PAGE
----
LITTLE VILLAGE — A 148-unit rental building aimed at keeping families in Little Village will replace an old factory near the 26th Street industrial corridor, according to developer Mercy Housing Lakefront.
The development will bring affordable family rental options to a neighborhood that has few, said Linda Brace, vice president of real estate development at Mercy.
“We absolutely believe the demand is there,” Brace said. “This is like new construction. There has been no new construction in Little Village on this scale in years.”
The Storkline Project, named after the old children’s furniture factory that used to occupy the corner of 26th Street and Kostner Avenue, is slated to break ground in spring 2014.
The 206,000-square-foot building would be converted to 148 affordable units with a mix of one- to four-bedroom apartments. Other on-site amenities at the development would include laundry rooms on each floor, bike storage and a computer lab and fitness room.
Ald. Ricardo Muñoz (22nd), an early supporter of the development, said the housing would be "a shot in the arm" for that part of the neighborhood.
"It’s a really dynamic, adaptive reuse of an old industrial building that we're looking forward to," he said.
About 40 percent of the rentals would be three- and four-bedroom units, which is where the real demand of the neighborhood lies, according to Lisa Kuklinski, a spokeswoman for Mercy.
“One of the big missing components in the neighborhood is multi-family rental,” she said. “This is just a wonderful opportunity to make a real impact.”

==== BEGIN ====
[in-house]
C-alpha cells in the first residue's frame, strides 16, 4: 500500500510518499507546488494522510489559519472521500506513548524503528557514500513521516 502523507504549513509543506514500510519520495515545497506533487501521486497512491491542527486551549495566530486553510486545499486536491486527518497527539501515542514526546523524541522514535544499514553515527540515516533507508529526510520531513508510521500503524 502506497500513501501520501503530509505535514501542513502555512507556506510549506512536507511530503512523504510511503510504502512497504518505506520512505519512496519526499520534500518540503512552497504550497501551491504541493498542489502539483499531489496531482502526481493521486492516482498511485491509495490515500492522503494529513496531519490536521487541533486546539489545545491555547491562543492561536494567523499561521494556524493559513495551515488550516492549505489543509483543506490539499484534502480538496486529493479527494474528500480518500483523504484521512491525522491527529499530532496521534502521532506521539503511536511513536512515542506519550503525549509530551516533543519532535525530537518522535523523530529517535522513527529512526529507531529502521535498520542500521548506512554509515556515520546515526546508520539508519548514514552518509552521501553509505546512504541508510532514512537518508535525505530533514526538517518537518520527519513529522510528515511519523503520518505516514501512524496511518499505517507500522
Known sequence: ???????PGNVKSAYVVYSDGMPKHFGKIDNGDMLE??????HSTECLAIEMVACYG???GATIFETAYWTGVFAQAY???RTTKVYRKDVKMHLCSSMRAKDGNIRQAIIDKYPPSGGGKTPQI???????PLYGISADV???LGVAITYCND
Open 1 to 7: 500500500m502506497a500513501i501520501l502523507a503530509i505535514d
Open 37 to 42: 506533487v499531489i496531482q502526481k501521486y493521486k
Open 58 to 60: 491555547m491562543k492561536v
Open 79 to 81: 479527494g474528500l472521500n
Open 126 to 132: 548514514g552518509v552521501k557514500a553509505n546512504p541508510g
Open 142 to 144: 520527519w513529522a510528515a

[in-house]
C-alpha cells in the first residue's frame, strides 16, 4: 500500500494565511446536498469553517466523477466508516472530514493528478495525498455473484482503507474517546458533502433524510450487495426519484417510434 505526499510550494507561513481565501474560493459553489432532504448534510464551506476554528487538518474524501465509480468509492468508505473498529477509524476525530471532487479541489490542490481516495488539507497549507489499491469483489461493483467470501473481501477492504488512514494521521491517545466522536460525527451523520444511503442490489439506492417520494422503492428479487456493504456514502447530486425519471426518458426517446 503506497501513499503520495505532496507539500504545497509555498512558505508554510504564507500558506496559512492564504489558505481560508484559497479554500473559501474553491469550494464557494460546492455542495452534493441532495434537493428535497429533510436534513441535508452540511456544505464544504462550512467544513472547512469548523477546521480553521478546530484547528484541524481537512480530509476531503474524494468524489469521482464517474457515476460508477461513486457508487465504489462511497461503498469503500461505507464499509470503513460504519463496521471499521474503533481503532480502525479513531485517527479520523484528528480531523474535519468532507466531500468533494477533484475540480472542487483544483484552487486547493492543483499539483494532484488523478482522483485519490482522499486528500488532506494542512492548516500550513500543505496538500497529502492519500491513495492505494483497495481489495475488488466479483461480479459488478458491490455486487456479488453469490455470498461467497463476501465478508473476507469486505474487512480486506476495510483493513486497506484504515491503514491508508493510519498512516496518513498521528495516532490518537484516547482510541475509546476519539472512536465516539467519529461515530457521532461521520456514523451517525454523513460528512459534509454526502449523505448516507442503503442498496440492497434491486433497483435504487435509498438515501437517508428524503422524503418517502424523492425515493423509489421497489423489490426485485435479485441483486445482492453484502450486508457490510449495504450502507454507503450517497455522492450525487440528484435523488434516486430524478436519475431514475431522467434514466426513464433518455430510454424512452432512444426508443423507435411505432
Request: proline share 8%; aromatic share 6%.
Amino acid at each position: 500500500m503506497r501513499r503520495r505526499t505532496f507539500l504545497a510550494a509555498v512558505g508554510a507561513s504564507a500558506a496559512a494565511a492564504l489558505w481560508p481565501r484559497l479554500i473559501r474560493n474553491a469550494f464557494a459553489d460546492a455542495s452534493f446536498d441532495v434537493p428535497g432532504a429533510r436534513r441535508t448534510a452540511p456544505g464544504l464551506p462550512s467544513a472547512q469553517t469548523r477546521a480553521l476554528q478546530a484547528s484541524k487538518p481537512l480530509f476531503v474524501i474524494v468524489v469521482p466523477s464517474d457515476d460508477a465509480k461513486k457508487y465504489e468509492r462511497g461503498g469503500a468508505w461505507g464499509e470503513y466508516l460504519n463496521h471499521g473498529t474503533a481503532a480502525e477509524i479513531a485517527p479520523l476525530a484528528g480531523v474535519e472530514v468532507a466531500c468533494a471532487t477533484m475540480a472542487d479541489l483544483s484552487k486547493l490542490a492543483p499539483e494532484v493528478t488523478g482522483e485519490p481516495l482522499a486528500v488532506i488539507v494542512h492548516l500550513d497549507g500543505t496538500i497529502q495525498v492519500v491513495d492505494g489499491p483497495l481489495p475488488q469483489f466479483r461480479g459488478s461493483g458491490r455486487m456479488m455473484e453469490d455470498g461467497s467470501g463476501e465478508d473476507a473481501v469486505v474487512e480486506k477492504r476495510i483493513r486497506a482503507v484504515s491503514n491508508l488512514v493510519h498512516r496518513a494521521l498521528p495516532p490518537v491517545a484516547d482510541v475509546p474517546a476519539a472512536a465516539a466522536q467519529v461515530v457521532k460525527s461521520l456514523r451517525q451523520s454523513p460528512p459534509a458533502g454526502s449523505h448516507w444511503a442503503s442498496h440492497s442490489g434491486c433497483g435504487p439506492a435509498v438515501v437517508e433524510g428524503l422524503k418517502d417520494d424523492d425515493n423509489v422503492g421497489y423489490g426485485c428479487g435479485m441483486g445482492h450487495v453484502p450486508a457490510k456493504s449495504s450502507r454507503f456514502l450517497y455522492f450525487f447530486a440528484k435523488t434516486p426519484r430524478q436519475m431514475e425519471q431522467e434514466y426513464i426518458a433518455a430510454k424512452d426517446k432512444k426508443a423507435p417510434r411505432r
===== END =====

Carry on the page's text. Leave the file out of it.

Mike Rodriguez, executive director at Enlace, a neighborhood development and community group, sees the new development as crucial to keeping families in the area.
In the past 10 years, the Little Village population dropped by 11,783 people, according to U.S. Census data.
Rodriguez attributes the decline both to a shift in Illinois immigrants’ port of entry and a younger neighborhood population moving away from Little Village. He thinks the project could stop that.
“The economy is coming back around and we do have a very young community here in Little Village,” Rodriguez said.
In 2005, Enlace surveyed Little Village residents and asked them about their ideal quality of life for the neighborhood.
Now, that plan is being revisited and, after holding multiple community focus groups, Rodriguez said a project like Storkline is ideal for residents’ needs.
“The Mexican community comes to 26th Street to do its shopping,” Rodriguez said. “Now 26th and Kostner can be a vibrant space where families can come and live in the neighborhood.”